Social Media Careers | Famous for Being Famous

Delfina Forstmann
Feb 26 · 9 min read

I remember when my friends first downloaded the Instagram app. One explained it to me as “Twitter, except only pictures.” To be honest I thought it sounded a little silly — I mean, what’s the point of that? But, of course, I eventually decided to check it out for myself. Honestly, I didn’t use it that often at first and looking back it seems like it became our main source of communication, information, and entertainment overnight.

Now though, almost impossibly, Instagram has become so much more. It’s become a vehicle for careers, a money-making app, and a place where, if you click your red bottoms together three times, a transport to stardom. In 2015 there were more than 77.6 million active Instagram users in the United States. This figure is predicted to surpass 111 million this year. That’s a huge audience that, if reached, can launch anyone into their fifteen minutes.

Paving the Way

The definition of fame, in the Oxford English Dictionary, is “the state of being known or talked about by many people, especially on account of notable achievements.” Paris Hilton and Kim Kardashian have quite literally annihilated the last portion of its definition and redefined how we see fame and what one has to do or achieve to reach an audience and attain notoriety. Both women are famously famous for simply being themselves. They do not sing (although both have tried), they do not dance, or act (though both have been on reality television), or have any blaring talents (other than tellings people to stop being poor). They are, however, very good at keeping the spotlight. In an interview with Interview Magazine, Kim defended herself by saying “If I’m so not talented — if I do nothing, then how is my career my reality?” This statement draws the question though, is what we see really your reality? And how much of the truth are we really getting? It also opens up a new career door: documenting your reality. The acceptance of this concept is perhaps best described through the words of Oscar Wilde, “life imitates art far more than art imitates life.”


People willlook at aesthetically pleasing photographs. It’s in our nature. And the crazy allure of fame and social media enables someone with a lot of followers to decide what’s cool and whether or not you’re in. The masses will follow what influencers are looking at: they will go where there are thousands of others because of human curiosity and the need to see what all the hype is about.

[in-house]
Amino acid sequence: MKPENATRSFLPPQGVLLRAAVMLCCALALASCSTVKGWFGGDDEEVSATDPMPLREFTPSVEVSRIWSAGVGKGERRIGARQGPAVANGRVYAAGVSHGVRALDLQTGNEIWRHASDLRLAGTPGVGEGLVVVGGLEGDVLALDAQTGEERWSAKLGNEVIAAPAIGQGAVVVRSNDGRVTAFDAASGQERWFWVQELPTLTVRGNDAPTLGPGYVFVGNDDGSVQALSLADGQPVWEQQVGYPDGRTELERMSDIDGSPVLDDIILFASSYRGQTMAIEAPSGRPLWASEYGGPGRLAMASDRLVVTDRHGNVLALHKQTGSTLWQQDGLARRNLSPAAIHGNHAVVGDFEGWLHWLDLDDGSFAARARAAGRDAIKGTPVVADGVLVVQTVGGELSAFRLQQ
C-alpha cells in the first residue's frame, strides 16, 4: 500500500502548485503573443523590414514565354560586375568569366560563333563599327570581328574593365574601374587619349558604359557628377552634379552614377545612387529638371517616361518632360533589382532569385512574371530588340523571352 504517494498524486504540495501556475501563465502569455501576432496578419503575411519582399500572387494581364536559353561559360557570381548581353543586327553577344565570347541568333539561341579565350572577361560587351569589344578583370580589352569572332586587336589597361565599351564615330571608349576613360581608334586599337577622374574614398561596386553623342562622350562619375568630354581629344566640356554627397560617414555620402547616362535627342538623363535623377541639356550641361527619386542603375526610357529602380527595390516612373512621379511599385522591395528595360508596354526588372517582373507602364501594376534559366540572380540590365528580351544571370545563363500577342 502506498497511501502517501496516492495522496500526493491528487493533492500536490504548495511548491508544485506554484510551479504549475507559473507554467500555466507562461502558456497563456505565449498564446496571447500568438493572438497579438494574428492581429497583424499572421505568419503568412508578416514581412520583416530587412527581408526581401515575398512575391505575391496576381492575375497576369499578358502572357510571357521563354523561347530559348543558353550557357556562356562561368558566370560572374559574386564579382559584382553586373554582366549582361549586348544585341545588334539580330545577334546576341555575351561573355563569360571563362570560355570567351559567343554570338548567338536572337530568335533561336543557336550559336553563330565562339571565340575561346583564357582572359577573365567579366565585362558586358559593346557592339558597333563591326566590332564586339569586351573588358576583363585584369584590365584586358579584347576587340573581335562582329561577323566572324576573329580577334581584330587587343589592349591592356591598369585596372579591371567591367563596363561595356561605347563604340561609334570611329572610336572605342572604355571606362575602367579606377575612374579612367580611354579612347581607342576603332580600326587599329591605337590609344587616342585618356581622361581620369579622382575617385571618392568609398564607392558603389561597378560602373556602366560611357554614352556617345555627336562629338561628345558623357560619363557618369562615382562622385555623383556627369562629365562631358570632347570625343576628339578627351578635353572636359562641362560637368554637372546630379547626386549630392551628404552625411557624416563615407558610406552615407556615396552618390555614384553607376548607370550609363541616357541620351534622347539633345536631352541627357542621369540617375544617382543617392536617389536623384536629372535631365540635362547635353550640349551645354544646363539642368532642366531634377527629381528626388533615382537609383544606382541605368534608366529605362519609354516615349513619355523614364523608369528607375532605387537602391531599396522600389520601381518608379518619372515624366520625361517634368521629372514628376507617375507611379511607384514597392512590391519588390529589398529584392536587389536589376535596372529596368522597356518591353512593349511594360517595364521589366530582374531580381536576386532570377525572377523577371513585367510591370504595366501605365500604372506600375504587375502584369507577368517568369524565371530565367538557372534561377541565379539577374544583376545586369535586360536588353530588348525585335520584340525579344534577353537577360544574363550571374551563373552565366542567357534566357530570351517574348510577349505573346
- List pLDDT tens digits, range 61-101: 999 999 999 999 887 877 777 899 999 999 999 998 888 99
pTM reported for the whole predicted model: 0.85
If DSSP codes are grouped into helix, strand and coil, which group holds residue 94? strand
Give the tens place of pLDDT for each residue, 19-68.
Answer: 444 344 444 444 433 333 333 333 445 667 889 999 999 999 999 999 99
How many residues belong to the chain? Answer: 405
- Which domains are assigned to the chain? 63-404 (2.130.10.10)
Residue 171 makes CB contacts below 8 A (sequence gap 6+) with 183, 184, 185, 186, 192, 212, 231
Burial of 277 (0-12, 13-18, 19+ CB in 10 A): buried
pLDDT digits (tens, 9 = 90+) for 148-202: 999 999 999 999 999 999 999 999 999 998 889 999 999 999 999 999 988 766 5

Hashtags also help. Once you put a “#” in front of a heavily searched word, your page will begin to make appearances when that hashtag is searched. There is even a website to see which hashtags are trending. If you pop these under one of your posts it will bring more traffic to your page. Ultimately this contributes to an algorithm that makes things more searchable on the world wide web. Zoom back into Instagram and the more followers you have, the more likely you are to make it to the “explore page” and soon you’ll start popping up on the pages of your follower’s followers and so on.

An example of an Instagram celebrity that rose to fame in seconds is a young woman named Cindy Kimberly (@wolfiecindy). In December 2016 Justin Bieber shared a photo of her face, in the hopes of finding out who she was. At the time she was just 17 years old and even though Bieber’s search abruptly ended there, it left her with thousands of followers, growing day-by-day. She has now seemingly launched a career into modeling, mostly on Instagram. But her 5.1 million followers are a prime example of the power of social media. If you haven’t heard of her, it’s not surprising, because there are hundreds of other girls who look similar, have a similar following, and have gotten famous because — well, someone slightly more famous thought that they should.

This isn’t to demean anyone’s career or what they have gone on to do with the attention they’ve received on the internet, but the danger in being discovered because you’re particularly attractive, or live a particularly attractive life, can and does make those who aren’t as privileged, feel less worthy. This is the dark side of Instagram fame and Instagram influencers.